Is DIEP Flap Surgery Right For You? And Other Questions About The Procedure, Answered
By Lisa Hannam / Art by Masha Chernova
Research supports it. Doctors sometimes endorse it. And that’s great and all, but we want more information about it. Like what is DIEP? What is the recovery like? And so much more.
First, the basic info: What does D-I-E-P stand for?
DIEP stands for Deep Inferior Epigastric Artery Perforator. Deep, Inferior and Epigastric refer to the location of the tissue that will be used to replace breast tissue – the upper abdomen. Perforator Artery is the blood vessel that is transported from the abdomen to the chest to ensure the tissue has a good blood supply and is meant to prevent post-surgery blood issues like clotting.
In simple terms, what is involved in the surgery?
With DIEP Flap Surgery, tissue, skin and blood vessels are taken from the abdomen to replace the tissue and skin removed from the breasts from a mastectomy. The blood vessels in the chest are cut and then connected with the blood vessels that are transferred. The surgeons will also reconstruct a new belly button. The actual surgery takes about eight to 10 hours.
How much will it cost?
Post-mastectomy breast reconstruction, including the DIEP flap surgery, are covered in Canada under all provincial health plans, like OHIP.
What’s the recovery like?
The recovery is between two and three months, starting with a four-to-five-day stay in the hospital for monitoring. Depending on the hospital, expect to stay in the ICU or Step Down Unit (one nurse to two patients) for the first 24 hours where a nurse will check on you every hour. As soon as the first day after surgery, you will likely be asked to get up and walk around the hospital floor. It might be hard to stand up straight for a while but it is important to start walking. You will not be able to lift anything heavy for at least two months but your doctor will advise on that.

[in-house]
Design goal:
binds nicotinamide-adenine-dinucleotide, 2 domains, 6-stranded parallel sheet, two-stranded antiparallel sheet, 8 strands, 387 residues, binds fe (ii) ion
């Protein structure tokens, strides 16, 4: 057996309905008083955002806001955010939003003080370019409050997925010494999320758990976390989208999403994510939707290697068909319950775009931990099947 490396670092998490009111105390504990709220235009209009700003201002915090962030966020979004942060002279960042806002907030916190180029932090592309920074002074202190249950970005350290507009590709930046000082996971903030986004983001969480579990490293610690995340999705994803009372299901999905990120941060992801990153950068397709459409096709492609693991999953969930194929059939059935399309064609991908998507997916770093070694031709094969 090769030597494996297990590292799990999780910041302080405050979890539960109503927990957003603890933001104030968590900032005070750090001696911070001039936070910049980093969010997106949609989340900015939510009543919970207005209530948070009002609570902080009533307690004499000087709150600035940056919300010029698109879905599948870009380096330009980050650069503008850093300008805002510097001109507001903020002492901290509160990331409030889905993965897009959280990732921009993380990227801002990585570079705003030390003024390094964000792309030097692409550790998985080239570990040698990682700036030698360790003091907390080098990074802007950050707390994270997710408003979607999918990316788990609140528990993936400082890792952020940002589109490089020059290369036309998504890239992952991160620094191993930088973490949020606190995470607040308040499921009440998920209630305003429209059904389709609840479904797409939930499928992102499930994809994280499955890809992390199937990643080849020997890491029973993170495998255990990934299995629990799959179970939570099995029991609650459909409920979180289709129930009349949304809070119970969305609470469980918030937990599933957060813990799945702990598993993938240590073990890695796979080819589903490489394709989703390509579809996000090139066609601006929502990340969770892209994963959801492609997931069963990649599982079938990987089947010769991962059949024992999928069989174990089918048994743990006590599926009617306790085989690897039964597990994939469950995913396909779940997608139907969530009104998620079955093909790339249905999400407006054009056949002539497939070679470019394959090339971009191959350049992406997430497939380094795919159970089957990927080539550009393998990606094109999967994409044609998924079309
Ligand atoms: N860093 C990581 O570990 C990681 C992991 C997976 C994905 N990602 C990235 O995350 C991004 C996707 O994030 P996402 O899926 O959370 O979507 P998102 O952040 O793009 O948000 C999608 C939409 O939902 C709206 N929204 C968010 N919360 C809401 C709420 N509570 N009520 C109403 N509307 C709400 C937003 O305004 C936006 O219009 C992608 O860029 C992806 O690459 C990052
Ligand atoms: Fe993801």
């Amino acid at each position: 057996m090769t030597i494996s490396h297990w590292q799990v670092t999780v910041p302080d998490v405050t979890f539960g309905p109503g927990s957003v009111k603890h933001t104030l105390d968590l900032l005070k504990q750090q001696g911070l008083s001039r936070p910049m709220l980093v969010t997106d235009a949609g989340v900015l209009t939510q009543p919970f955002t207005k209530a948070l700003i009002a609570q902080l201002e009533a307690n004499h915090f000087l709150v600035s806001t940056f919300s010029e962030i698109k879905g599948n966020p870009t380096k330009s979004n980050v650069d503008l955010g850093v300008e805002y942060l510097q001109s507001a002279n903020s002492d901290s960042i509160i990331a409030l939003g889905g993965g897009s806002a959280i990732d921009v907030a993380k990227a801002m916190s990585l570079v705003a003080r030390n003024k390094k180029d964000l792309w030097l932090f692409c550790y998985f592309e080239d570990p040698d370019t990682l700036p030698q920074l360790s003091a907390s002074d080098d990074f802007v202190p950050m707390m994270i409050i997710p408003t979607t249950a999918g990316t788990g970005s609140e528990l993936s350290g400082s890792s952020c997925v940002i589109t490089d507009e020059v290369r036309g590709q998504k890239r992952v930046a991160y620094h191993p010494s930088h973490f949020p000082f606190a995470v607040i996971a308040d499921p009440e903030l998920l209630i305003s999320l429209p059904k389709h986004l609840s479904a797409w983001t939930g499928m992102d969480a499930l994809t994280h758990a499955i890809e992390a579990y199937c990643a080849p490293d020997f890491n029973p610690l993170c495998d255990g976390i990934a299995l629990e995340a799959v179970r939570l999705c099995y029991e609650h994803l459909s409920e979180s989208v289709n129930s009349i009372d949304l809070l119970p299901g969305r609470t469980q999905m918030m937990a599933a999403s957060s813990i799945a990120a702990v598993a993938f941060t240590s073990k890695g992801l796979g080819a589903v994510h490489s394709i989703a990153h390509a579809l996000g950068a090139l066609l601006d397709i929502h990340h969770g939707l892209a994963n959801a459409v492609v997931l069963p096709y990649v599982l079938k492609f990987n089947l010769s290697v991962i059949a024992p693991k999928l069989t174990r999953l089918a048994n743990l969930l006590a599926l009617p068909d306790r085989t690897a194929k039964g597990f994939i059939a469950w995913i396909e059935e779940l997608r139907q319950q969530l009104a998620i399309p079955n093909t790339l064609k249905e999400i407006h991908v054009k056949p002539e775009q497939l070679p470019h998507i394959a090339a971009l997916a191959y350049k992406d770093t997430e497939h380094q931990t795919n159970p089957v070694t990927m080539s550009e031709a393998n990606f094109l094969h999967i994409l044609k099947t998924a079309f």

There is a scar from hip bone to hip bone that curves upwards (like a smile), a scar where your new belly button is, and a scar on your reconstructed breast in a circle-like shape on the bottom half of your breasts.
How long has DIEP flap surgery been around?
You might think that you’re not interested in a history lesson, but the longer a surgery has been in practice means that there is more likelihood of good research about the outcomes and how well it works over the long term. And it could also mean the surgery techniques may have evolved for better results, too.
The first flap noted surgeries date back to the 1800s. (Impressive, right?) But the DIEP flap surgery, in particular, became popular in the medical community in the 1990s. Previously, doctors and plastic surgeons included abdominal muscle in breast reconstruction to maintain the blood supply to the transferred tissue. And that meant a longer time on the surgery table but quicker recovery, according to both initial and current research.
According to the peer-reviewed journal Plastic and Reconstructive Surgery, DIEP-flap surgery had decreased rates of issues in the abdomen, including hernias, as well as higher patient satisfaction. And the risk of blood clots is low – about one to three percent.
Who is eligible for DIEP flap surgery? Who’s not?
The good news is most women are. As long as the doctor gives a nod that a patient is healthy enough to deal with recovery and the lengthy surgery and has no concerns or health risks for the abdominal blood vessels, she can be a candidate.
Women undergoing a mastectomy surgery can have the DIEP flap surgery at the same time, but it can also be used on women years after mastectomy. However, women who have already had the DIEP flap surgery are not eligible. Also, women with not enough body fat (whether naturally or from previous surgeries like a colostomy) aren’t either. The size of the blood vessels could also determine if the surgery will work too. That’s determined with medical tests, such as an EKG. Also, smoking can reduce eligibility too.
If it’s so good, why don’t more women have DIEP flap surgery?
Unfortunately, many women don’t know it is a choice, even when they are presented with reconstruction options. There are reports that some women have to wait up to five years to receive the surgery depending on where they are located which can be a deterrent as well. And like with with most cancer care, women have to be their own health advocates.
Is DIEP my only option?
Not at all. There are other options, including implants, other methods with tissue from the body (including TRAM flap, SAGP, IGAP, TUG and others). And there is the choice to not pursue reconstruction, too.
For more stories on reconstruction, click here.